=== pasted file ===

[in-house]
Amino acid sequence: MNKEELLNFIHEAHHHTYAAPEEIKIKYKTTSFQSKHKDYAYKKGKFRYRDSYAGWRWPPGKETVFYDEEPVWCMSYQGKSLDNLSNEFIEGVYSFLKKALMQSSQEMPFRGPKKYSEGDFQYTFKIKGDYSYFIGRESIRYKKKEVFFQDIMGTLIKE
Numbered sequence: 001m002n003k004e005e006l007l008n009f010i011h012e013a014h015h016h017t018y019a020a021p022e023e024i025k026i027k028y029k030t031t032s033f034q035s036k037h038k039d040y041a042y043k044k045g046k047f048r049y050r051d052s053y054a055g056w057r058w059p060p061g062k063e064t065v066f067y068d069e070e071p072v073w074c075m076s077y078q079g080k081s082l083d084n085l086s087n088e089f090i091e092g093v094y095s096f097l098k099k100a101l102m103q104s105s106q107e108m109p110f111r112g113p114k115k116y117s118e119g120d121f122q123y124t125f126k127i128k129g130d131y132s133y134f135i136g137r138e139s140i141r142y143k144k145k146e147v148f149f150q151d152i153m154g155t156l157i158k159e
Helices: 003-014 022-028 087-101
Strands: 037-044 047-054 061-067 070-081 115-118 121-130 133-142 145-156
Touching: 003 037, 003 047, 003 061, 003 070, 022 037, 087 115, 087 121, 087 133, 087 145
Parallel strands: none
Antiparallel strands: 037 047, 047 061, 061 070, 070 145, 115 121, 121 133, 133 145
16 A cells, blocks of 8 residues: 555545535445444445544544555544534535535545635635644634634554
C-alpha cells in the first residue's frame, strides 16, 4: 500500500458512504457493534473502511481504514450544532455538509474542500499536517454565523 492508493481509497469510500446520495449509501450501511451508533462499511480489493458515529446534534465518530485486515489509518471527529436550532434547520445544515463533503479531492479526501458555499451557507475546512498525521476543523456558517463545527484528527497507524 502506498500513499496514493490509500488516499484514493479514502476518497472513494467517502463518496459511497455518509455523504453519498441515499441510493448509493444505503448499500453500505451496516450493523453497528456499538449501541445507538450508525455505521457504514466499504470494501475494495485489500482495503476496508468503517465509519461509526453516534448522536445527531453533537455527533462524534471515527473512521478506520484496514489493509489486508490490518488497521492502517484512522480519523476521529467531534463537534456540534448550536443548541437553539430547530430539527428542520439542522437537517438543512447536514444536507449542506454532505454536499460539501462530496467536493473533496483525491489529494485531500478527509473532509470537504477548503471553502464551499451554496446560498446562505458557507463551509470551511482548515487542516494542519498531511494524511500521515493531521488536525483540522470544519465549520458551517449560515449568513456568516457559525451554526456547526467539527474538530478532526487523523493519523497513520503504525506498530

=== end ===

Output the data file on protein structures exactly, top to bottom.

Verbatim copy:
[in-house]
Amino acid sequence: MNKEELLNFIHEAHHHTYAAPEEIKIKYKTTSFQSKHKDYAYKKGKFRYRDSYAGWRWPPGKETVFYDEEPVWCMSYQGKSLDNLSNEFIEGVYSFLKKALMQSSQEMPFRGPKKYSEGDFQYTFKIKGDYSYFIGRESIRYKKKEVFFQDIMGTLIKE
Numbered sequence: 001m002n003k004e005e006l007l008n009f010i011h012e013a014h015h016h017t018y019a020a021p022e023e024i025k026i027k028y029k030t031t032s033f034q035s036k037h038k039d040y041a042y043k044k045g046k047f048r049y050r051d052s053y054a055g056w057r058w059p060p061g062k063e064t065v066f067y068d069e070e071p072v073w074c075m076s077y078q079g080k081s082l083d084n085l086s087n088e089f090i091e092g093v094y095s096f097l098k099k100a101l102m103q104s105s106q107e108m109p110f111r112g113p114k115k116y117s118e119g120d121f122q123y124t125f126k127i128k129g130d131y132s133y134f135i136g137r138e139s140i141r142y143k144k145k146e147v148f149f150q151d152i153m154g155t156l157i158k159e
Helices: 003-014 022-028 087-101
Strands: 037-044 047-054 061-067 070-081 115-118 121-130 133-142 145-156
Touching: 003 037, 003 047, 003 061, 003 070, 022 037, 087 115, 087 121, 087 133, 087 145
Parallel strands: none
Antiparallel strands: 037 047, 047 061, 061 070, 070 145, 115 121, 121 133, 133 145
16 A cells, blocks of 8 residues: 555545535445444445544544555544534535535545635635644634634554
C-alpha cells in the first residue's frame, strides 16, 4: 500500500458512504457493534473502511481504514450544532455538509474542500499536517454565523 492508493481509497469510500446520495449509501450501511451508533462499511480489493458515529446534534465518530485486515489509518471527529436550532434547520445544515463533503479531492479526501458555499451557507475546512498525521476543523456558517463545527484528527497507524 502506498500513499496514493490509500488516499484514493479514502476518497472513494467517502463518496459511497455518509455523504453519498441515499441510493448509493444505503448499500453500505451496516450493523453497528456499538449501541445507538450508525455505521457504514466499504470494501475494495485489500482495503476496508468503517465509519461509526453516534448522536445527531453533537455527533462524534471515527473512521478506520484496514489493509489486508490490518488497521492502517484512522480519523476521529467531534463537534456540534448550536443548541437553539430547530430539527428542520439542522437537517438543512447536514444536507449542506454532505454536499460539501462530496467536493473533496483525491489529494485531500478527509473532509470537504477548503471553502464551499451554496446560498446562505458557507463551509470551511482548515487542516494542519498531511494524511500521515493531521488536525483540522470544519465549520458551517449560515449568513456568516457559525451554526456547526467539527474538530478532526487523523493519523497513520503504525506498530